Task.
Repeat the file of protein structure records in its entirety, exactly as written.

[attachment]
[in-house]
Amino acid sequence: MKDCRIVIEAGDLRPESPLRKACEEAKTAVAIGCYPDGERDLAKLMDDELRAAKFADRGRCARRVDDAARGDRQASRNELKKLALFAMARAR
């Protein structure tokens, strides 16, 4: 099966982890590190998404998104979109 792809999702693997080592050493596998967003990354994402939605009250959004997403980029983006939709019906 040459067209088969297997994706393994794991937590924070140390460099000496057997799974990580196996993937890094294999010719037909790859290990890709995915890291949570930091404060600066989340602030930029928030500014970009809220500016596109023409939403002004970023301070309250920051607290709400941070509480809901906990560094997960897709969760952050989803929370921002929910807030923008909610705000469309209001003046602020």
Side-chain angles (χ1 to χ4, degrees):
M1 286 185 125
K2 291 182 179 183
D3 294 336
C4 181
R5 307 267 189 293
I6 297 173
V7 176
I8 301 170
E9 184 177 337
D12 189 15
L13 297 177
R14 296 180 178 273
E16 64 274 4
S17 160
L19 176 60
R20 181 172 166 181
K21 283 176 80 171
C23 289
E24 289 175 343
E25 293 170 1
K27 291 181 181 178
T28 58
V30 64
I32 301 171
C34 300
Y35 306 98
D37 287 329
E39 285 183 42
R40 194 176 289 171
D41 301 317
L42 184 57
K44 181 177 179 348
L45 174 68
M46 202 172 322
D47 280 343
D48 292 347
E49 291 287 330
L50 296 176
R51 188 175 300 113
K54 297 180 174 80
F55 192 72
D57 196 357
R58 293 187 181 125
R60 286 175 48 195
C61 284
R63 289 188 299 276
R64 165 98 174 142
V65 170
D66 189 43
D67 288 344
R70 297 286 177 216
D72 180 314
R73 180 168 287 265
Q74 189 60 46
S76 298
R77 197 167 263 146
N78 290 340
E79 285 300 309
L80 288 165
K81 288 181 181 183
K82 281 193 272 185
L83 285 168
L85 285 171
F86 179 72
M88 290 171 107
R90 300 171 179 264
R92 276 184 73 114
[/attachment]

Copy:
[in-house]
Amino acid sequence: MKDCRIVIEAGDLRPESPLRKACEEAKTAVAIGCYPDGERDLAKLMDDELRAAKFADRGRCARRVDDAARGDRQASRNELKKLALFAMARAR
């Protein structure tokens, strides 16, 4: 099966982890590190998404998104979109 792809999702693997080592050493596998967003990354994402939605009250959004997403980029983006939709019906 040459067209088969297997994706393994794991937590924070140390460099000496057997799974990580196996993937890094294999010719037909790859290990890709995915890291949570930091404060600066989340602030930029928030500014970009809220500016596109023409939403002004970023301070309250920051607290709400941070509480809901906990560094997960897709969760952050989803929370921002929910807030923008909610705000469309209001003046602020």
Side-chain angles (χ1 to χ4, degrees):
M1 286 185 125
K2 291 182 179 183
D3 294 336
C4 181
R5 307 267 189 293
I6 297 173
V7 176
I8 301 170
E9 184 177 337
D12 189 15
L13 297 177
R14 296 180 178 273
E16 64 274 4
S17 160
L19 176 60
R20 181 172 166 181
K21 283 176 80 171
C23 289
E24 289 175 343
E25 293 170 1
K27 291 181 181 178
T28 58
V30 64
I32 301 171
C34 300
Y35 306 98
D37 287 329
E39 285 183 42
R40 194 176 289 171
D41 301 317
L42 184 57
K44 181 177 179 348
L45 174 68
M46 202 172 322
D47 280 343
D48 292 347
E49 291 287 330
L50 296 176
R51 188 175 300 113
K54 297 180 174 80
F55 192 72
D57 196 357
R58 293 187 181 125
R60 286 175 48 195
C61 284
R63 289 188 299 276
R64 165 98 174 142
V65 170
D66 189 43
D67 288 344
R70 297 286 177 216
D72 180 314
R73 180 168 287 265
Q74 189 60 46
S76 298
R77 197 167 263 146
N78 290 340
E79 285 300 309
L80 288 165
K81 288 181 181 183
K82 281 193 272 185
L83 285 168
L85 285 171
F86 179 72
M88 290 171 107
R90 300 171 179 264
R92 276 184 73 114